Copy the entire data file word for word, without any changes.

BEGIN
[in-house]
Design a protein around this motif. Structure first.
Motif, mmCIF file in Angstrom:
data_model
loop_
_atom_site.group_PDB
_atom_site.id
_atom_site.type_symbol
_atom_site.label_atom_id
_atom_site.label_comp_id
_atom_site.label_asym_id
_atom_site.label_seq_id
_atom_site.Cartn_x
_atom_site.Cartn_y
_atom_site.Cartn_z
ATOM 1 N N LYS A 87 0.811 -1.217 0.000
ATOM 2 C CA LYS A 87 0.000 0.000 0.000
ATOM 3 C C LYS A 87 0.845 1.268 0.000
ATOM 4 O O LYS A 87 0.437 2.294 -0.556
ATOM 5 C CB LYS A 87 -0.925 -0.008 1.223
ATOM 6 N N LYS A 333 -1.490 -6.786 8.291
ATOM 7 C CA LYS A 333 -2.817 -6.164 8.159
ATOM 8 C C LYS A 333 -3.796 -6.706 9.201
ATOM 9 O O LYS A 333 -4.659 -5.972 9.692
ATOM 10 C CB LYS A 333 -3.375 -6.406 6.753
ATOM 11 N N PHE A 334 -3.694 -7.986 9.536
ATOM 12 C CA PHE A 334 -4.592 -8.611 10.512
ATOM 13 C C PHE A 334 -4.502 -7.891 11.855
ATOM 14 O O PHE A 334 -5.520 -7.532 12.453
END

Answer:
[in-house]
Design a protein around this motif. Structure first.
Motif, mmCIF file in Angstrom:
data_model
loop_
_atom_site.group_PDB
_atom_site.id
_atom_site.type_symbol
_atom_site.label_atom_id
_atom_site.label_comp_id
_atom_site.label_asym_id
_atom_site.label_seq_id
_atom_site.Cartn_x
_atom_site.Cartn_y
_atom_site.Cartn_z
ATOM 1 N N LYS A 87 0.811 -1.217 0.000
ATOM 2 C CA LYS A 87 0.000 0.000 0.000
ATOM 3 C C LYS A 87 0.845 1.268 0.000
ATOM 4 O O LYS A 87 0.437 2.294 -0.556
ATOM 5 C CB LYS A 87 -0.925 -0.008 1.223
ATOM 6 N N LYS A 333 -1.490 -6.786 8.291
ATOM 7 C CA LYS A 333 -2.817 -6.164 8.159
ATOM 8 C C LYS A 333 -3.796 -6.706 9.201
ATOM 9 O O LYS A 333 -4.659 -5.972 9.692
ATOM 10 C CB LYS A 333 -3.375 -6.406 6.753
ATOM 11 N N PHE A 334 -3.694 -7.986 9.536
ATOM 12 C CA PHE A 334 -4.592 -8.611 10.512
ATOM 13 C C PHE A 334 -4.502 -7.891 11.855
ATOM 14 O O PHE A 334 -5.520 -7.532 12.453